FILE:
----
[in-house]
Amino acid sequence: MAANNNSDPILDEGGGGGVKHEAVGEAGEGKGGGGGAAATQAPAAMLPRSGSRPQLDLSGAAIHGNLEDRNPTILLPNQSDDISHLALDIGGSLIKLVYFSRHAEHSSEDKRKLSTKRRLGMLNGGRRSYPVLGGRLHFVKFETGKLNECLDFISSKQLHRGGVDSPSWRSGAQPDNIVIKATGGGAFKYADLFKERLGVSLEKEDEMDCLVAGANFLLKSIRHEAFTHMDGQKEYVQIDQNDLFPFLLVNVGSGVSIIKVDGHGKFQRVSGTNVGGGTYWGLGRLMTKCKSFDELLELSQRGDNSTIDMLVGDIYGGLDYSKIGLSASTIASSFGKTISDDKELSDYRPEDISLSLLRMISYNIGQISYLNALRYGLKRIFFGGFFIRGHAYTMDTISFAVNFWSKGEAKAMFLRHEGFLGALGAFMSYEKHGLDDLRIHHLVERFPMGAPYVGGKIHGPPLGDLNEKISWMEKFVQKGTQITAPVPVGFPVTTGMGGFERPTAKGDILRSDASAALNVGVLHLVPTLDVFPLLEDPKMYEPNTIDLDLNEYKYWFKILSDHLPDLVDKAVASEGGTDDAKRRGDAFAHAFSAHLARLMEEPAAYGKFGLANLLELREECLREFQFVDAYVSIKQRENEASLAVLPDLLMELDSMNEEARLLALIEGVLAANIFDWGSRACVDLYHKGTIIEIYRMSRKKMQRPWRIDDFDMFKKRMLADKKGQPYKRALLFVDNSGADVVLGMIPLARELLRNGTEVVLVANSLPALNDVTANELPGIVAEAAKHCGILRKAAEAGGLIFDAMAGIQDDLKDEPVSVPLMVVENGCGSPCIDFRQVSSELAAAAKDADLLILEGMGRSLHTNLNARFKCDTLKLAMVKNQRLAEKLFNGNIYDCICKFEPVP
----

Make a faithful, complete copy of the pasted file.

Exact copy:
[in-house]
Amino acid sequence: MAANNNSDPILDEGGGGGVKHEAVGEAGEGKGGGGGAAATQAPAAMLPRSGSRPQLDLSGAAIHGNLEDRNPTILLPNQSDDISHLALDIGGSLIKLVYFSRHAEHSSEDKRKLSTKRRLGMLNGGRRSYPVLGGRLHFVKFETGKLNECLDFISSKQLHRGGVDSPSWRSGAQPDNIVIKATGGGAFKYADLFKERLGVSLEKEDEMDCLVAGANFLLKSIRHEAFTHMDGQKEYVQIDQNDLFPFLLVNVGSGVSIIKVDGHGKFQRVSGTNVGGGTYWGLGRLMTKCKSFDELLELSQRGDNSTIDMLVGDIYGGLDYSKIGLSASTIASSFGKTISDDKELSDYRPEDISLSLLRMISYNIGQISYLNALRYGLKRIFFGGFFIRGHAYTMDTISFAVNFWSKGEAKAMFLRHEGFLGALGAFMSYEKHGLDDLRIHHLVERFPMGAPYVGGKIHGPPLGDLNEKISWMEKFVQKGTQITAPVPVGFPVTTGMGGFERPTAKGDILRSDASAALNVGVLHLVPTLDVFPLLEDPKMYEPNTIDLDLNEYKYWFKILSDHLPDLVDKAVASEGGTDDAKRRGDAFAHAFSAHLARLMEEPAAYGKFGLANLLELREECLREFQFVDAYVSIKQRENEASLAVLPDLLMELDSMNEEARLLALIEGVLAANIFDWGSRACVDLYHKGTIIEIYRMSRKKMQRPWRIDDFDMFKKRMLADKKGQPYKRALLFVDNSGADVVLGMIPLARELLRNGTEVVLVANSLPALNDVTANELPGIVAEAAKHCGILRKAAEAGGLIFDAMAGIQDDLKDEPVSVPLMVVENGCGSPCIDFRQVSSELAAAAKDADLLILEGMGRSLHTNLNARFKCDTLKLAMVKNQRLAEKLFNGNIYDCICKFEPVP